I should avoid the obvious opportunity to make a sexist remark about the inherent improbability of some men doing anything remotely useful with a hoover but it’s just slipped out.
Apparently Batman and his specially modified hoover will be visiting the family courts soon to help clean them up. Excellent. I can’t tell you how much I am looking forward to that forthcoming entertainment. I hope he brings his marigolds. It’s messy out there.
I’m particularly intrigued to know how this little piece of performance art will unfold on the ground. Will Batman actually operate his hoover in the waiting area to dramatic effect (I fear this may interfere with his ability to deliver any punchy script)? Will we have to pause mid conference to raise our feet as he gets those hard to reach crumbs under the chairs? Will he have to pause to change bags or unclog his hose? Will he wield his hoover menacingly at the judiciary? And will it set off the metal detector? And will he be visiting the court at Abergavenny to finish cleaning up the F4J graffitti scrawled across the front entrance?
According to Batman’s facebook page he hopes to clean up family law “…who knows, I might suck up a few corrupt judges and the “gravy train, money hungry solicitors””. Batman dear, that sounds rather threatening. You’d better not point that thing at me, I am very lumpy and will most likely damage your nozzle.
It frustrates me that, whilst care proceedings are sometimes a spur for parents to recognise the significance of their own past experience, personal issues and their pressing need for therapy to enable them to parent better and to lead more productive fulfilled lives, there is often no route through to achieve these goals because of ‘resource issues’. As is so often the way in this field of work a solution is there but nobody will pay.
Often for a parent in the midst of care proceedings the realisation that they need therapy comes late, too late for the children who are subject to proceedings. But the legal process gives parents access to professional analysis of what has gone wrong with their lives, with their parenting and their relationships generally that might otherwise not have been available to them. And in the course of making recommendations in the context of the case, an expert will often point to the way forward for the parent in the shape of therapy. But whilst many of these damaged parents are still of child bearing age and may want to become parents again, they can do nothing to make the recommendations from the court appointed experts for long term therapy become a reality. Long term psychodynamic psychoanalytic therapy (often what is recommended) is usually completely unavailable on the NHS or at best subject to very long waiting lists (and my point is good in respect of drug rehabilitation too although there community based provision is more widely accessible in one shape or form even if residential rehab is difficult to access). So the opportunity to make the best use of the money spent on expert reports, to seize the moment, take something positive from the sadness of such cases and to prevent a repeat with future siblings is lost. Looking at it from a purely economic point of view this is madness. The cost of repeated care proceedings, and the long term financial burden to the state of supporting a child in care throughout his life must surely outweigh the cost of therapy, even if in many cases the parent will be unable to fully engage.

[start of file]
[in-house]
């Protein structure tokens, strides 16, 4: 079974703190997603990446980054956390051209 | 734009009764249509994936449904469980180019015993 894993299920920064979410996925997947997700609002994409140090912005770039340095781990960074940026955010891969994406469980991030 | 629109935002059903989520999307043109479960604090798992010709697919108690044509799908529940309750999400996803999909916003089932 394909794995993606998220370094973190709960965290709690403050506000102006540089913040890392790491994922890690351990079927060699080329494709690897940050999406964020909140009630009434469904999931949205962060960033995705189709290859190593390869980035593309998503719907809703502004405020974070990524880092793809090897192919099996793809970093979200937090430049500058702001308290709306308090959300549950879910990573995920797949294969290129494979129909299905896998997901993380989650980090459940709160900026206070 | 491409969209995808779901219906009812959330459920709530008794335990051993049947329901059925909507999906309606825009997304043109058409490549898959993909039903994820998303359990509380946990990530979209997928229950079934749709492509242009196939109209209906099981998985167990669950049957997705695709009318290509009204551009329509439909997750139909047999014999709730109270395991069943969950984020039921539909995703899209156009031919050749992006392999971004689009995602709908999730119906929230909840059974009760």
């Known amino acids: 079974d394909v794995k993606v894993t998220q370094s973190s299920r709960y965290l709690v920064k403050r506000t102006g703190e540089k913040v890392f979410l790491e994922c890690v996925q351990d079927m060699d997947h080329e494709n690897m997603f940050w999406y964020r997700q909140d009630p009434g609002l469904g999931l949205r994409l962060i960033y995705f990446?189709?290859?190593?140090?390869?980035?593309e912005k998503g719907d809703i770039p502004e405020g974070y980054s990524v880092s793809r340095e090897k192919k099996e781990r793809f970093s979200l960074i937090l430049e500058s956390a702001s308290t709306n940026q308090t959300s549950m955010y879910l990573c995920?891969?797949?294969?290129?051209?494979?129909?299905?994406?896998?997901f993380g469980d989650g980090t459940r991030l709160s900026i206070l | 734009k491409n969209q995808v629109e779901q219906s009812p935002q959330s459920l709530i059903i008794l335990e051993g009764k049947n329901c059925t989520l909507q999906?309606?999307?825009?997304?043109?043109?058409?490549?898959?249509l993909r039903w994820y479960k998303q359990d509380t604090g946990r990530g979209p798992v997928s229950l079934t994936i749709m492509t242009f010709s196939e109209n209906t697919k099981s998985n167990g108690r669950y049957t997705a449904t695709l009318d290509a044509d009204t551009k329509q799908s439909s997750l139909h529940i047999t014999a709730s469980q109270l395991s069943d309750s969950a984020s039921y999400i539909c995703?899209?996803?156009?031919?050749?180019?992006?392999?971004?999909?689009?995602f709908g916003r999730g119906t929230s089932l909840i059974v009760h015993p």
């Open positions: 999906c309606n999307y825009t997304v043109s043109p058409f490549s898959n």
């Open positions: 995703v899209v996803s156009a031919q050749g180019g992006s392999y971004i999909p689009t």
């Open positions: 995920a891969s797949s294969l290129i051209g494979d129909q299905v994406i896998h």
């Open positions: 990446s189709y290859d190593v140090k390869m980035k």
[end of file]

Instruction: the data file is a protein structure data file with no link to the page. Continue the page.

It’s not every case by any means where therapy is a viable option – some problems are not susceptible to treatment, and other individuals are not ready to accept help. And of course in many cases therapy is not even the answer to the question. But in cases where an expert in care proceedings recommends therapeutic input and gives a reasonably positive prognosis, particularly where that therapy will increase the parents chance of successfully parenting either existing or future children, there should be an obligation on the Local Authority or the NHS to make that available to the willing parent. Somebody ought to stump up so that parents can be rehabilitated. They are often the product of the care system themselves.
To be told and to come to terms with the fact that your life and chances of parenting in future will be blighted by your deep rooted psychological and emotional issues is extremely difficult (quite apart from the fact that this realisation is often coupled with the permanent loss of your children). But to be told that there is a way out for the future but you can’t have it because the NHS won’t provide it and you can never afford it must be soul destroying, and probably compounds a parent’s pre-existing difficulties and sense of despair. To be finally ready to make the changes you have needed to make for years, and yet to have that opportunity put before you and snatched away is a cruel thing. If we are serious about child welfare and serious about our responsibilities to help families we need to focus more of our resources on helping people to be better – better people, better parents. We need to prevent the removal of children by helping (if not ‘curing’) the parents.
I know that simply making therapy available will not magically fix deep rooted issues. There will be a high attrition and failure rate. But this is part of a cross generational cycle of abuse and poor parenting where indiviudals are very often involved in the care system as both child and then – sometimess seemingly almost as day follows night – as parent. The system currently fails both those in need of therapy, and their children who may suffer needlessly as a result of society’s failure to help them become better parents and to break the cycle.